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Jul 15, 2013

Mediterranean Fruit Fly in the south

Hernan Zetina

For the first time, the presence of the Mediterranean Fruit Fly has been detected in Belize. The Belize Agricultural Health Authority is reporting multiple sightings of the fly in south and has activated a twenty-four hour check point in the village of Silk Grass, Stann Creek. BAHA wants to stop the fly from spreading to the citrus industry and farther north to the papaya fields to prevent millions of dollars in losses in exports to the United States. Plant Health Officer, Hernan Zetina, has been assigned as coordinator for the Mediterranean Fruit Fly Program and he notes that the pest was introduced to the country via illegal entry of products from neighboring Guatemala and Honduras where there is a high count of the medfly.

 

Via Phone: Hernan Zetina, Coordinator, Medfly Program

“We’ve had to implement an internal quarantine in order to contain this fly first and foremost in this area, control it and eventually eradicate it. This is necessary for us to maintain our export markets for fresh fruits such as papayas and to ensure that the fly does not become established in citrus producing areas in Belize. First detection for this year was made in late April, early May and at that time we implemented eradication measures because we were finding one or two flies in specific areas. At that time, it was necessary to implement an internal quarantine because with the eradication activities in place we were able to contain the fly. However, over the last two weeks, the amount of flies that we have detected has increased exponentially and so we decided that it was necessary to implement this quarantine.  The Mediterranean Fruit Fly lays its eggs in fruit and when the egg turns into larvae or worm it destroys the fruit. But most importantly for Belize is the fact that if we were to detect this medfly in areas that are producing fruit for export, we would immediately lose that market. Again if we were to detect the fly in the north of Belize, we would lose our papaya industry so we are talking about foreign exchange earnings in excess of ten million U.S. of dollars per annum and we could put in jeopardy thousands of jobs for people who are directly or indirectly employed with these industries. So that for us is the biggest threat; the loss of export market.  The Citrus industry is not being affected because the factories are closed right now beucase there are no fruits to process; however, if we continue to find flies and there comes a point where there are fruits to process, we have a citrus harvesting protocol with the citrus industry and so we would still be able to move fruits from southern Belize to the factory and those fruits would have to be immediately process. Coming back to your previous question, we do believe that these medflies are being introduced into Belize by people who bring in illegal commodities. They go over to Guatemala or Honduras without an import permit from BAHA; they bring in these fruits that are invested. So we do believe that that is the source of the infestation.  If we were to detect this medfly in northern Belize, then we would immediately lose our access to market such as the U.S. and so this is why we decided to implement this quarantine. The quarantine was put up on July thirteenth and at Silk Grass. And so all areas south of Silk Grass including the Toledo District in under quarantine. This means that no fruits or vegetables that are host to the Mediterranean fruit fly can be removed from the quarantine area.”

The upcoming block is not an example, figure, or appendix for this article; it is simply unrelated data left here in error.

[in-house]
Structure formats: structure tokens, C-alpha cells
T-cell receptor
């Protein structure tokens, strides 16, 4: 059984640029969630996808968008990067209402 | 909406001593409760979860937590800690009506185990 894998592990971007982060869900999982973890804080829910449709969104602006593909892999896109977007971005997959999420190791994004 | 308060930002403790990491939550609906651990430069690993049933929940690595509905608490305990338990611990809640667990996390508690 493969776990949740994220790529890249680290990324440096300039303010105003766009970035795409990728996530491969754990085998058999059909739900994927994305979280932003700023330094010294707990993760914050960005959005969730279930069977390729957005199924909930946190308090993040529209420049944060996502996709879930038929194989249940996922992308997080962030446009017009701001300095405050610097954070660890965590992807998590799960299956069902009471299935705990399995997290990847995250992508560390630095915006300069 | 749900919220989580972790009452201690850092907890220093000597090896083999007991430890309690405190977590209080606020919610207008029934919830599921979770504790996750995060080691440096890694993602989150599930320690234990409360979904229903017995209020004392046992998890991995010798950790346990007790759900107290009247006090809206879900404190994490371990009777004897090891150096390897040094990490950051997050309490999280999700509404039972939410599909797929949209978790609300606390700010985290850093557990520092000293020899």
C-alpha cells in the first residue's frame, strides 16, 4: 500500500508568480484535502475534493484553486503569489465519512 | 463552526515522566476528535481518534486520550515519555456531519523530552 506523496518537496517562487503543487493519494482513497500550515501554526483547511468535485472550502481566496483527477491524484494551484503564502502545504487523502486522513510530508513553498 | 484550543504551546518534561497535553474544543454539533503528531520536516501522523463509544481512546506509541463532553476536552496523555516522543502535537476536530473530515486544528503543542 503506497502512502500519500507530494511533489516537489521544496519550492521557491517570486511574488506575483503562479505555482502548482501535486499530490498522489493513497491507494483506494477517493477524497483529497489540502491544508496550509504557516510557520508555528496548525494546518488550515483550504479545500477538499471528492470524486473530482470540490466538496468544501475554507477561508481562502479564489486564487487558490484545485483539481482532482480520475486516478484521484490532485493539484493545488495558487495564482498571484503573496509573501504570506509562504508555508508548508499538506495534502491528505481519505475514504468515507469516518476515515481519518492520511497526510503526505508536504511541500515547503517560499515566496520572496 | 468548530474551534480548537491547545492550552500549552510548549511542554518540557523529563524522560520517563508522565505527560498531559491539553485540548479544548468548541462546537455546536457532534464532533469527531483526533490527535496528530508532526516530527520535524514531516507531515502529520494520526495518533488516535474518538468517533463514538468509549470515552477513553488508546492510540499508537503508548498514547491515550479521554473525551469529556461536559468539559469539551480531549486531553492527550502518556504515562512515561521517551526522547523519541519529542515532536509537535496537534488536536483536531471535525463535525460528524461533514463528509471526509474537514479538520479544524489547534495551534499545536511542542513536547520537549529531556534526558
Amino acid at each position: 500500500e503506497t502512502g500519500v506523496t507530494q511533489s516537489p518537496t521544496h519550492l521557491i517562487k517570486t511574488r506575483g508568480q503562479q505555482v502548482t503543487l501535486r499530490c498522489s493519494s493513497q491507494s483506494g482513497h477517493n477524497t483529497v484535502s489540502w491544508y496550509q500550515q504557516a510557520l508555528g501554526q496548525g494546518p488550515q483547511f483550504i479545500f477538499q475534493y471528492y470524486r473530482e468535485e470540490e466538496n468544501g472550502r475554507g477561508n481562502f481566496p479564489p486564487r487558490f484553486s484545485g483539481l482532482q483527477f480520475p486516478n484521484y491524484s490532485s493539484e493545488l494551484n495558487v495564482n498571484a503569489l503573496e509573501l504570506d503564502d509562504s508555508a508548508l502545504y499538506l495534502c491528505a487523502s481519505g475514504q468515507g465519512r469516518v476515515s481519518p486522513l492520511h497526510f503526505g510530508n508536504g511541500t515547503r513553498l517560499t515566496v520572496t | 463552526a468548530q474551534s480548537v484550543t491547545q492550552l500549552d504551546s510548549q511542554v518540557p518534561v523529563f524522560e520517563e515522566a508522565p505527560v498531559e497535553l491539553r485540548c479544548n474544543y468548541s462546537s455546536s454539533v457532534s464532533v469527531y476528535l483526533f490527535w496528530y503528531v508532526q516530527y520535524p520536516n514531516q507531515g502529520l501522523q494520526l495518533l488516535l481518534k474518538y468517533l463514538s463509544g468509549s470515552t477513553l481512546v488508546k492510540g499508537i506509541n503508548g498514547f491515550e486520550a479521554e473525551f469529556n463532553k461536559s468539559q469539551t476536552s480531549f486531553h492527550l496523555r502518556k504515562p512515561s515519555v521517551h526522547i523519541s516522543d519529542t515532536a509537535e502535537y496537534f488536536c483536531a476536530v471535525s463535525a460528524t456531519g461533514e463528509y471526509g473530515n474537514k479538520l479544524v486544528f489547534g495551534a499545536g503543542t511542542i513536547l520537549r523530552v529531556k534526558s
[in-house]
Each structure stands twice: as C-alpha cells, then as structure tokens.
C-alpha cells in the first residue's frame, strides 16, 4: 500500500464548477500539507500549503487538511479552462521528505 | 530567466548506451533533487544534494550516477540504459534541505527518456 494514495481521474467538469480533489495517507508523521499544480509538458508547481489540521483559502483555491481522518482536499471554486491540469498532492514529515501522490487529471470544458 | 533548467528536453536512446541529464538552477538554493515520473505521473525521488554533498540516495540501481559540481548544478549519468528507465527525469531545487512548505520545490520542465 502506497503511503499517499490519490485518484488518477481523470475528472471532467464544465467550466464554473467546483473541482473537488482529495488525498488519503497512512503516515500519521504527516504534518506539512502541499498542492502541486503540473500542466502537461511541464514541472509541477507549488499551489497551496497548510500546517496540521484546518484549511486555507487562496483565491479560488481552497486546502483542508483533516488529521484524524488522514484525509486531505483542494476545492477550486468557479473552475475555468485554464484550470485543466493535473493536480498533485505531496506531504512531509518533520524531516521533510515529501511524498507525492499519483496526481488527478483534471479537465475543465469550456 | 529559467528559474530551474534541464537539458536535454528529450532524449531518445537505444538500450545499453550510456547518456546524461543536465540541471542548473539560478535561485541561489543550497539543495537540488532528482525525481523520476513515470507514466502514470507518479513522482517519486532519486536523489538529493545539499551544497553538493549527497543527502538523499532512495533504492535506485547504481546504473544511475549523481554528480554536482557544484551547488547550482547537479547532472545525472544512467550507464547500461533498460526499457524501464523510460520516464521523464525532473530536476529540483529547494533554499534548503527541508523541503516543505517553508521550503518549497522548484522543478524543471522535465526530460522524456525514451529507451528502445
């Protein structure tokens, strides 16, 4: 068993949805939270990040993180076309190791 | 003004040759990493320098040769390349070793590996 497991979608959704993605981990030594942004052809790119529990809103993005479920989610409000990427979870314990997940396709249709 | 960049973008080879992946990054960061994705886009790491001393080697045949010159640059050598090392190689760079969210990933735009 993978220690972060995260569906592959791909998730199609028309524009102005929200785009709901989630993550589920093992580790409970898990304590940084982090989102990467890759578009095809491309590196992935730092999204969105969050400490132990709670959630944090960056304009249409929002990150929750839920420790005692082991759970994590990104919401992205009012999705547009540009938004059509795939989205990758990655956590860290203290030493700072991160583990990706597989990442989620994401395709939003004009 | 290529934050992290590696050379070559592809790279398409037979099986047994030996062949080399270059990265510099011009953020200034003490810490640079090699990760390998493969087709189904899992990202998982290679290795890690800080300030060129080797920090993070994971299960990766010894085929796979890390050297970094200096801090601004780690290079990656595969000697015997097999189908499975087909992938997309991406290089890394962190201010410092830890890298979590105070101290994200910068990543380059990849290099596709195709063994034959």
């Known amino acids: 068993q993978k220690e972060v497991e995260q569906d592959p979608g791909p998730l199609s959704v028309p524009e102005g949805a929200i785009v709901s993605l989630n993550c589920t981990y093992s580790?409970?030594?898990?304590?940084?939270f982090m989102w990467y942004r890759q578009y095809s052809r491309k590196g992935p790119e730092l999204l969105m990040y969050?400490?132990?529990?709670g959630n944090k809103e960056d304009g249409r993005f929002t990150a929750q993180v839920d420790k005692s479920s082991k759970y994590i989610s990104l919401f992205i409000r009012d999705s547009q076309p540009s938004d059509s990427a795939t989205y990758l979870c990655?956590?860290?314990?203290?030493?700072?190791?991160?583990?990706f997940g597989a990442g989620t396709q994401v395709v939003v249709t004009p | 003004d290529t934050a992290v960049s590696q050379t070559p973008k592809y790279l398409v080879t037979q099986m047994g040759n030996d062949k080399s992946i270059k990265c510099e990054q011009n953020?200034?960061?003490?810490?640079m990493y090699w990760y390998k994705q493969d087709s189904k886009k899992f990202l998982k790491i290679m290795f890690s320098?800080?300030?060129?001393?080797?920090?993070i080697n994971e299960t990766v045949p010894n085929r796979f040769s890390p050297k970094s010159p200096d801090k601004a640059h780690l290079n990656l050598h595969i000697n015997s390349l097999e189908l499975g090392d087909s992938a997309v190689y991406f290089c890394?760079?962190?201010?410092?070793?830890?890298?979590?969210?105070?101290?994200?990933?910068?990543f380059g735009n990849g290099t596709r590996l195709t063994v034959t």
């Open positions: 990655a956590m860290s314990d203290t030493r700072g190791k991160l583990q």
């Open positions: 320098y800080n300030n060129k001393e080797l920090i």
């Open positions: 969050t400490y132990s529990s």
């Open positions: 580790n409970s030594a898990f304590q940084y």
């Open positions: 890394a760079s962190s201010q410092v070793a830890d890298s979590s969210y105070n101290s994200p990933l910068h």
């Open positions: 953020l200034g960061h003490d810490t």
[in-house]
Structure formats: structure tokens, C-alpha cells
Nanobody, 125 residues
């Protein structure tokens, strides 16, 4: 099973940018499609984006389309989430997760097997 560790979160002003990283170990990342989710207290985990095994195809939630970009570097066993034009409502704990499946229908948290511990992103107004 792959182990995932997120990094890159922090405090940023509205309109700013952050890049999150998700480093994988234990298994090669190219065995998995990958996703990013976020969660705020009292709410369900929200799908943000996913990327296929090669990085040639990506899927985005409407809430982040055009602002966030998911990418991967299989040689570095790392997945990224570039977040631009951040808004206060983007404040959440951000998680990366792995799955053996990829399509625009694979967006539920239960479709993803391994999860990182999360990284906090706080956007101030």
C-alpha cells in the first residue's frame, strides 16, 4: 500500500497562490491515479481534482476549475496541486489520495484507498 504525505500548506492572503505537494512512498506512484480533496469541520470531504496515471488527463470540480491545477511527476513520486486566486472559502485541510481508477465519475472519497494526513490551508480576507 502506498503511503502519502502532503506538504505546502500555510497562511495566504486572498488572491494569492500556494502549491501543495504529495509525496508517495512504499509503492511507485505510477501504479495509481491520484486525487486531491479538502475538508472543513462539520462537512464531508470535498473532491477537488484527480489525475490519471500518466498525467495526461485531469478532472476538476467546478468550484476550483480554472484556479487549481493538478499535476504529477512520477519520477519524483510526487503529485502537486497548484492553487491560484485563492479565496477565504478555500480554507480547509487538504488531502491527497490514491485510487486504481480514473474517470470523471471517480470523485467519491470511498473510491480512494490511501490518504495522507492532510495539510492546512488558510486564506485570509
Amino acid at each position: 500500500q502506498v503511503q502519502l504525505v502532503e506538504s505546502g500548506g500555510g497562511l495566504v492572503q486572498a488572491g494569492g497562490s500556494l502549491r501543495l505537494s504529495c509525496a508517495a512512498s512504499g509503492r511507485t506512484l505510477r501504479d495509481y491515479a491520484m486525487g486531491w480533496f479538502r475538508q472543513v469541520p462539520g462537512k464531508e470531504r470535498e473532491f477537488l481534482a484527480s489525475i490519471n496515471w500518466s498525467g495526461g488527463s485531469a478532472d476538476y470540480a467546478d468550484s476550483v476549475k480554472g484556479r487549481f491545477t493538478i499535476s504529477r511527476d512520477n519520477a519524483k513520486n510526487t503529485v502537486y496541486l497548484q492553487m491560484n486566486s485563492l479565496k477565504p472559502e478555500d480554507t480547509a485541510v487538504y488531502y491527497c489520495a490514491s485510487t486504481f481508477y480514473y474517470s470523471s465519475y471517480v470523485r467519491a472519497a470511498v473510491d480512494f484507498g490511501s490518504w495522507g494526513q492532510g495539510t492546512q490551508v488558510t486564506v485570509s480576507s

Zetina says that several other check points will be put in place in the following days. The fruits that are infested with the medfly include: craboo, mangos, orange, papaya, plums and others. More information is available at any of BAHA offices countrywide. 

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2 Responses for “Mediterranean Fruit Fly in the south”

  1. sickntired says:

    People need fi cooperate with baha otherwise the country and agriculture and we food going to be damaged.

  2. venus says:

    Been monitoring this infestation for over ten years and come to the conclusion that someone in BAHA make up this story in mid July almost every year in order to have a family vacation in southern Belize. Calling on the ministry of Agriculture to cross check these findings and have independent people to verify. Findings like these affect farmers bottom line, it cost farmers to use pesticide to control pest in their farms and orchards.

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